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Pluto Confidential: An Insider Account of the Ongoing Battles Over the Status of Pluto
by Laurence A. Marschall and Stephen P. Maran
BenBella Books, 2009
softcover, 223 pp.
ISBN 978-1-933771-80-9
US$14.95

Sorry, Plutophiles. The recent General Assembly of the International Astronomical Union (IAU) in Rio de Janeiro—the first since the 2006 meeting that controversially defined the term “planet” and consigned Pluto to the new class of “dwarf planets”—came and went this month without any changes in that definition or Pluto’s status. Indeed, the topic didn’t appear to be an issue at all at the meeting, despites hopes in the aftermath of the 2006 IAU General Assembly in Prague that the definition might be overturned or reworked in some manner: accounts of the meeting focused on issues such as supporting women in astronomy and defending the night sky from light pollution.

Much of Pluto Confidential is actually a history of other planetary (or pseudo-planetary) discoveries and the debate and controversies that surrounded them.

That doesn’t mean that the controversy has died down, nor the interest in the topic from publishers. Several books have covered the “demotion” of Pluto in whole or in part, the latest of which is Pluto Confidential by astronomers Laurence Marschall and Stephen Maran. The two astronomers come from different sides of the issue—Marschall attended the Prague meeting and voted for the resolutions, while Maran opposed them—but provide a “fair and balanced” overview of the topic and its historic significance instead of a point-counterpoint debate.

While the subtitle describes Pluto Confidential as an “insider account” of the Pluto debate, much of the book actually is a history of other planetary (or pseudo-planetary) discoveries and the debate and controversies that surrounded them. Those controversies varied over time: in the case of the William Herschel’s discovery of what became known as Uranus, it was what to name the planet; in the case of Neptune, it was who should get credit for the discovery; and in the case of the hypothesized inner planet Vulcan, it was whether the planet actually existed (it didn’t). The takeaway here is that such controversies are hardly unique to the Pluto debate and that the current dispute is, relatively speaking, pretty tame and civil.

Another key point from the book is that while the debate over Pluto’s planetary status is considered to be relatively recent—within the last decade or so—the question of whether Pluto should be considered a planet is actually much older. Shortly after Clyde Tombaugh discovered Pluto in 1930, UCLA astronomer Frederick Leonard suggested that it might only be the first in a series of “ultra-Neptunian” objects—a rather prescient statement, coming decades before even the prediction of the existence of the Kuiper Belt. The first “modern assaults on Pluto’s status”, the authors claim, date back to 1980 and remarks made by astronomer Brian Marsden at a conference about Pluto in New Mexico. (What exactly Marsden said to trigger the debate isn’t quoted in the book.) In 1992, David Jewitt, co-discoverer of the first Kuiper Belt object (excluding Pluto), said that Pluto was “misleadingly” given planetary status for “socio-scientific” reasons, including that it appeared to validate what turned out to be a faulty prediction for a “Planet X”.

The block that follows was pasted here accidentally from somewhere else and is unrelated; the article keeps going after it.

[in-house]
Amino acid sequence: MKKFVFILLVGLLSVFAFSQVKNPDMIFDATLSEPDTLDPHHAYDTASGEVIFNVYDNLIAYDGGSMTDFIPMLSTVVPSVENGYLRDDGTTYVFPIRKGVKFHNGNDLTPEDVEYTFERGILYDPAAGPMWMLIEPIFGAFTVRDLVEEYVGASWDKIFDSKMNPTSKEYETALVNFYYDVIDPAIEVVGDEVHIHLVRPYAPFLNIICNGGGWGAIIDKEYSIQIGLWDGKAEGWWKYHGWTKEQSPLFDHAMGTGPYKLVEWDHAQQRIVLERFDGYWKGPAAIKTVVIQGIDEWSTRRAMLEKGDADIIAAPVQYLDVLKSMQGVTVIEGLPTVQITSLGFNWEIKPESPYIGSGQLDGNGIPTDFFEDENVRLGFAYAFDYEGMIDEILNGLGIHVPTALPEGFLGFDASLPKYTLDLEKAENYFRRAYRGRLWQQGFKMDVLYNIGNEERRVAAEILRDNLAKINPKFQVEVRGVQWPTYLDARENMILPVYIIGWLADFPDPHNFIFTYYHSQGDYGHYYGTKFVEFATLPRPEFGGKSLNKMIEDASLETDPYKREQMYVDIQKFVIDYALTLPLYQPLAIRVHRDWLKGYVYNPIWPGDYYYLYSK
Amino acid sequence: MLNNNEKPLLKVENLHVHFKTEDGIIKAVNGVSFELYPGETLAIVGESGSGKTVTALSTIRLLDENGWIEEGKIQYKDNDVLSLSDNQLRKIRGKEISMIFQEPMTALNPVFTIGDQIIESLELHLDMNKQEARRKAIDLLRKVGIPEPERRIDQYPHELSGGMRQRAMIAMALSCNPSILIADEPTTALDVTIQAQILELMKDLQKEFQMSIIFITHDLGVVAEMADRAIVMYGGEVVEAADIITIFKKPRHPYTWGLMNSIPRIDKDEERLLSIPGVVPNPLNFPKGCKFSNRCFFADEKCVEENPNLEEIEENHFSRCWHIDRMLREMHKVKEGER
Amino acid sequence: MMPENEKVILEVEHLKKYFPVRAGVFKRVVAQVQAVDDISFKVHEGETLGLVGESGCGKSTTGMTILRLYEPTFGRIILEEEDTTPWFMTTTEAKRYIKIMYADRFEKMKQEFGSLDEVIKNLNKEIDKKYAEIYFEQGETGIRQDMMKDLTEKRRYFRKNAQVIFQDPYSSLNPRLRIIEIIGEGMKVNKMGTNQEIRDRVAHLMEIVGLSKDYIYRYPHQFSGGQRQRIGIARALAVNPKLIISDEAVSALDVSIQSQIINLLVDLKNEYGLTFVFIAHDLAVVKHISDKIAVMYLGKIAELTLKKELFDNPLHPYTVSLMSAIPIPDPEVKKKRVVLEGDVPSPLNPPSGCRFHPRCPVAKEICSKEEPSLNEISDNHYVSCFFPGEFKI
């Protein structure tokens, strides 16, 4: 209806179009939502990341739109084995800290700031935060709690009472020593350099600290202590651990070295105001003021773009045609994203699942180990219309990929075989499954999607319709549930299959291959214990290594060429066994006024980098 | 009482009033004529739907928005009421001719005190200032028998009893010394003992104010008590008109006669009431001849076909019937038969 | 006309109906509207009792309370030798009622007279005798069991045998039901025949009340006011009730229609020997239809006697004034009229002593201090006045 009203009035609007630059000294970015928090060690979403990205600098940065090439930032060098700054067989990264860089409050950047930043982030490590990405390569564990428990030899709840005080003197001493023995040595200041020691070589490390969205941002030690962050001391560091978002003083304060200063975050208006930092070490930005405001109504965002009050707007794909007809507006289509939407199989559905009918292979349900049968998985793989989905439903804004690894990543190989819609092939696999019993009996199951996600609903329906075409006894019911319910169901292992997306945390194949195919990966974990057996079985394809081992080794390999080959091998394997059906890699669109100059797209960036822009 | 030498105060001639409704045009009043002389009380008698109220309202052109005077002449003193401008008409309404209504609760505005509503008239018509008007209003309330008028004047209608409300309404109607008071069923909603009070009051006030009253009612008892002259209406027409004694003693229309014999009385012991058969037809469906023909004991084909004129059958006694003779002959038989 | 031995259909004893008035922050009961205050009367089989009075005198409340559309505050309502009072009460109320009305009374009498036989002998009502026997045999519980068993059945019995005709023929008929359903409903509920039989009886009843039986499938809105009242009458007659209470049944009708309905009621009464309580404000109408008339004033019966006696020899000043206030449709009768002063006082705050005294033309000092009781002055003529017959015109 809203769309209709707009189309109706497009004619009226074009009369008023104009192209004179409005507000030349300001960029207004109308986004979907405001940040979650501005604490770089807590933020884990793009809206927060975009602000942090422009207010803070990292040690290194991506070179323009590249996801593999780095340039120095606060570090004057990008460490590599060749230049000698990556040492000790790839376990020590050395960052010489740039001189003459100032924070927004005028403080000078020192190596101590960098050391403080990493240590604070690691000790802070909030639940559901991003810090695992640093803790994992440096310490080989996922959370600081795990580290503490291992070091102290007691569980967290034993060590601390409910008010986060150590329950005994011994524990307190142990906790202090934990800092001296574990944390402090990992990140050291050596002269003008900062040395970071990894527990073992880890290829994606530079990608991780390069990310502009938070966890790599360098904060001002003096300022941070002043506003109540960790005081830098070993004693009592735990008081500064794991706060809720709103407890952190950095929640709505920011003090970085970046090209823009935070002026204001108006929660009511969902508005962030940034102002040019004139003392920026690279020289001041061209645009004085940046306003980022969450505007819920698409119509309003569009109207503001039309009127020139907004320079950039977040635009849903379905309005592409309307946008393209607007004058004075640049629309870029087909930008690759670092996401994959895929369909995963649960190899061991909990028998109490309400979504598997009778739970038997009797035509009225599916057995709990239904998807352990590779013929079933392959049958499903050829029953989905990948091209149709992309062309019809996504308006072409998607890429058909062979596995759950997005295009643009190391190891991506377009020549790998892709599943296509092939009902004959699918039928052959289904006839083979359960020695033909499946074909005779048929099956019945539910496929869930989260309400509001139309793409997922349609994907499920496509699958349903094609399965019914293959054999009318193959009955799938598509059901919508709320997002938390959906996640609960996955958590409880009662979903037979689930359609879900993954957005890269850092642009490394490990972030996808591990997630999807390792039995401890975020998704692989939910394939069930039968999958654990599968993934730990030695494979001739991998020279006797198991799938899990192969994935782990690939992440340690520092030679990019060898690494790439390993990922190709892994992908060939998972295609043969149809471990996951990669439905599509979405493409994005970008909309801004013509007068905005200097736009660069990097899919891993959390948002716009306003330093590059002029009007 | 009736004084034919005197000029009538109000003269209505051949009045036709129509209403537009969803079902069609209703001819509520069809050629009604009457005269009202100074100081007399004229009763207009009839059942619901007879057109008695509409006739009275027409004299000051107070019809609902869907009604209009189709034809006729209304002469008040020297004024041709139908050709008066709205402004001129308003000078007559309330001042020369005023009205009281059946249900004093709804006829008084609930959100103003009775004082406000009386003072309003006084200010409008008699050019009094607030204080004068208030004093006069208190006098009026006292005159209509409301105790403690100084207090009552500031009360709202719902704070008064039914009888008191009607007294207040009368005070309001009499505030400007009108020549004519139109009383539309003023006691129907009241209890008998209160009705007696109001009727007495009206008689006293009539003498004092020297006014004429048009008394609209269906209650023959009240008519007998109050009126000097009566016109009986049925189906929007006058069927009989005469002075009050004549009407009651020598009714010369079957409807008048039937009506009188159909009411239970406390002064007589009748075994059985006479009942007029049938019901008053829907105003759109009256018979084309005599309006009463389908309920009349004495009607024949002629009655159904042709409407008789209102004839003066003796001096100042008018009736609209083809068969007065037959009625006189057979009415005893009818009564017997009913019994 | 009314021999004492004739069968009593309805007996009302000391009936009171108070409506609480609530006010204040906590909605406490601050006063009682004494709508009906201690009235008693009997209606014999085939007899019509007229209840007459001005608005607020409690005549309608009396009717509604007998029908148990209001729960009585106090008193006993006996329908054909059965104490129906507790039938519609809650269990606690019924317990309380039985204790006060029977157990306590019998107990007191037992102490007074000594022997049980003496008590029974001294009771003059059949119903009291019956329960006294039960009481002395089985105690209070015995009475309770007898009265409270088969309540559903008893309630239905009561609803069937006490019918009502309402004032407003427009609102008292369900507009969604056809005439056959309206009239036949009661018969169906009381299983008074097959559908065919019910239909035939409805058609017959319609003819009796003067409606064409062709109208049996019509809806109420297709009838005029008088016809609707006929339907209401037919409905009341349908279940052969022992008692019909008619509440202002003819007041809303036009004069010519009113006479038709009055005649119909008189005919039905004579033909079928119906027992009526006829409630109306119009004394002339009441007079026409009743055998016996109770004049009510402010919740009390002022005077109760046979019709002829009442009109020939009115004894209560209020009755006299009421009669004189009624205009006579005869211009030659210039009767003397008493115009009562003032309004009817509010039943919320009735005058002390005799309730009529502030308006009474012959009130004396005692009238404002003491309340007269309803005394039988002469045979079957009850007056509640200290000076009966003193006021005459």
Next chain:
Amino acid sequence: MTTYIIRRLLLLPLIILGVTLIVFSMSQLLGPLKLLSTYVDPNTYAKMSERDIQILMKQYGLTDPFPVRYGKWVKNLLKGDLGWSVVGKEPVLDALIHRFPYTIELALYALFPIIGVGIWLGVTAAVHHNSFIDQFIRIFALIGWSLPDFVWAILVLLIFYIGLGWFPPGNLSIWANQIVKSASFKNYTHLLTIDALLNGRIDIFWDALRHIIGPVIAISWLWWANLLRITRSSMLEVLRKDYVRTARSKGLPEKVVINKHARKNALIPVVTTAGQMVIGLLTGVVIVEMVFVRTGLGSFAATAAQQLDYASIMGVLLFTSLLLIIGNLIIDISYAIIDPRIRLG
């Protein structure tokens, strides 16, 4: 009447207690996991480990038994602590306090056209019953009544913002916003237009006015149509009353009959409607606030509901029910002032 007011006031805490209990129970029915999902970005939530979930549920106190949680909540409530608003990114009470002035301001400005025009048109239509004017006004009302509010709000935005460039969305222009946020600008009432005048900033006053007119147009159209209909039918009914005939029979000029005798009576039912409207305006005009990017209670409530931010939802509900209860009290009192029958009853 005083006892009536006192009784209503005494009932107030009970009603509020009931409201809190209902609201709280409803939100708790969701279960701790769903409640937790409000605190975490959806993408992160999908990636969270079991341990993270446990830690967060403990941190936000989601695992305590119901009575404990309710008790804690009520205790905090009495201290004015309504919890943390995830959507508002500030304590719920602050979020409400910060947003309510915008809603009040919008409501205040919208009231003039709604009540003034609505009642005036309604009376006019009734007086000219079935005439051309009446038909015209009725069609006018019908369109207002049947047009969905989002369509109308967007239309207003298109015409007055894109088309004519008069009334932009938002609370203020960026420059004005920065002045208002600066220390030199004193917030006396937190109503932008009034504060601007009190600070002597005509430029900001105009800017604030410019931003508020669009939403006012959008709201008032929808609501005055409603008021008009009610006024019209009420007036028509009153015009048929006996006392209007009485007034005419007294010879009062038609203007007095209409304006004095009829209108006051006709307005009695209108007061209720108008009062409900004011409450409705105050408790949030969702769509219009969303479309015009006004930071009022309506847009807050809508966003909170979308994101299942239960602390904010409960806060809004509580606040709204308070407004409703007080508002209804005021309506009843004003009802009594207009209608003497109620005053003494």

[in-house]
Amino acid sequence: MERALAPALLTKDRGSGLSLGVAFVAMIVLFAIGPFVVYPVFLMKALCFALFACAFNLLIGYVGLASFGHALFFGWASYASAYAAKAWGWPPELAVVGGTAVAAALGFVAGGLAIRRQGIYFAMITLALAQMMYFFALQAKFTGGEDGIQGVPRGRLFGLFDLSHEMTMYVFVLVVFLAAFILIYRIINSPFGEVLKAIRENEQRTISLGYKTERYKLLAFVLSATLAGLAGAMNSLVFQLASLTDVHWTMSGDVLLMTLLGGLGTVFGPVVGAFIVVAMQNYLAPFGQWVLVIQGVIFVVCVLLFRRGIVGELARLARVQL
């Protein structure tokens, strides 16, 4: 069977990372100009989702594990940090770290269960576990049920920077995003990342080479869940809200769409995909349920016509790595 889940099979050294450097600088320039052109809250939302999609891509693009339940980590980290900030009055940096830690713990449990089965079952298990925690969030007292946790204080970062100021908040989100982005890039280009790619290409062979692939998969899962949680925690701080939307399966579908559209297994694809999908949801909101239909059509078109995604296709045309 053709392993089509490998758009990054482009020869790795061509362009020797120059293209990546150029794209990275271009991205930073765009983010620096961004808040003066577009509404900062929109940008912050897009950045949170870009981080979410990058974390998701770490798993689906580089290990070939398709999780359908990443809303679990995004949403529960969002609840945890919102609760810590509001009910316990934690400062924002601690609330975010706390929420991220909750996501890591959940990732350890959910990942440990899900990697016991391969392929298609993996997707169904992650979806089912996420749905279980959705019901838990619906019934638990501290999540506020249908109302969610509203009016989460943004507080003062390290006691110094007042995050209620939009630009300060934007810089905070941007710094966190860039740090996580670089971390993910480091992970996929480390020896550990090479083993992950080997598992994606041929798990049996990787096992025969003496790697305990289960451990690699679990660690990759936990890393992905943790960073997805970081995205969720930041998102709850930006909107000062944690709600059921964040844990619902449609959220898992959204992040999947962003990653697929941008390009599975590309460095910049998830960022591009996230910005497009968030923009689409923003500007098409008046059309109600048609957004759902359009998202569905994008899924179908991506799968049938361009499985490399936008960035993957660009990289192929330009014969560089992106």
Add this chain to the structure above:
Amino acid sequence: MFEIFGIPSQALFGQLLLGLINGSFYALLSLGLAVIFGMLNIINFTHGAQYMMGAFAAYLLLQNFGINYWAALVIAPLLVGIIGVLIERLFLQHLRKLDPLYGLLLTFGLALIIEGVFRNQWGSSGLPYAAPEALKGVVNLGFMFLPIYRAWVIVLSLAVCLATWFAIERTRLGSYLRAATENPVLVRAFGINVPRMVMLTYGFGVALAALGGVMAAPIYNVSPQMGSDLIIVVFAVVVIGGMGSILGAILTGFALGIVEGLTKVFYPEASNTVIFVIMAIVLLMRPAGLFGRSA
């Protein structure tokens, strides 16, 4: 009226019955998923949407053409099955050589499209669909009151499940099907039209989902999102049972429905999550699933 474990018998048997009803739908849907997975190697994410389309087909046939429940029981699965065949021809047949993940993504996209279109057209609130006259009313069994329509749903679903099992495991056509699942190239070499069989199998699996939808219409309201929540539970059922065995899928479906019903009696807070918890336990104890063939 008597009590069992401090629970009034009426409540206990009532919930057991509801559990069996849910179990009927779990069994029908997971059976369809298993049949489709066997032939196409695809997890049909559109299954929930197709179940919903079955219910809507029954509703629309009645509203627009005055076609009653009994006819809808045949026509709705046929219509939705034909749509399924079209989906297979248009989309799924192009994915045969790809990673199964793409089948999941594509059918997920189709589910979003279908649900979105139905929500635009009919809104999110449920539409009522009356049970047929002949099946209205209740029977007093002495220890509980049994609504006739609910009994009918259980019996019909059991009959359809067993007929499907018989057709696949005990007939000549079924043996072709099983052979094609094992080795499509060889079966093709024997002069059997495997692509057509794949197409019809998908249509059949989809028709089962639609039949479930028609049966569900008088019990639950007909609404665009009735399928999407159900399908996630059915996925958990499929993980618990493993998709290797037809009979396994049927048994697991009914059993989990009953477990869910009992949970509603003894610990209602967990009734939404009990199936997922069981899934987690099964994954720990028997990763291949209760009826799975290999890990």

With some holding out hope that the IAU will revisit its 2006 decision at a future triennial meeting, it appears that the final chapter in Pluto’s planetary saga has yet to be written—figuratively or literally.

While the book’s title might lead some to think it has the inside scoop on the deliberations and debate that brought the topic to a head in 2006, there is very little in the book that hasn’t been previously reported (although they did talk to some of the astronomers involved), and the whole debate and controversy is dispatched in the first 30 pages of the book before embarking on a history of other planetary controversies. The authors revisit the controversy in the final chapter, with each providing a brief statement on their views. Maran believes that, in the end, Pluto and objects like it will be considered members of a specific class of planets. Marschall, though, thinks that the controversy will eventually fade into a “historical footnote”, although he suggests that IAU might have been better off avoiding making a definition of the term altogether—something he believes the IAU only got involved with in the first place because of the question of how to name the large trans-Neptunian objects that had been discovered in recent years.

Marschall sees a bright side in the controversy surrounding Pluto’s reclassification: a “bonanza for astronomy” given all the public attention and all the lessons taught in schools in the aftermath of the IAU’s decision. (That has not gone unnoticed elsewhere: in their recent book Unscientific America, science communicators Chris Mooney and Sheril Kirshenbaum use the public reaction to the IAU’s decision as an argument to advance their thesis that scientists need to do more themselves to properly communicate science to the general public.) For whatever reason, the subject has engendered strong public reaction, and concomitant interest from publishers: Pluto Confidential is neither first book on the topic nor the last—The Case for Pluto, by MSNBC.com science editor Alan Boyle, is due out this fall. With some holding out hope that the IAU will revisit its 2006 decision at a future triennial meeting (the 2015 General Assembly, if the IAU sticks to its current schedule of August meetings, would take place within weeks of the flyby of Pluto by NASA’s New Horizons spacecraft, interestingly enough), it appears that the final chapter in Pluto’s planetary saga has yet to be written—figuratively or literally.


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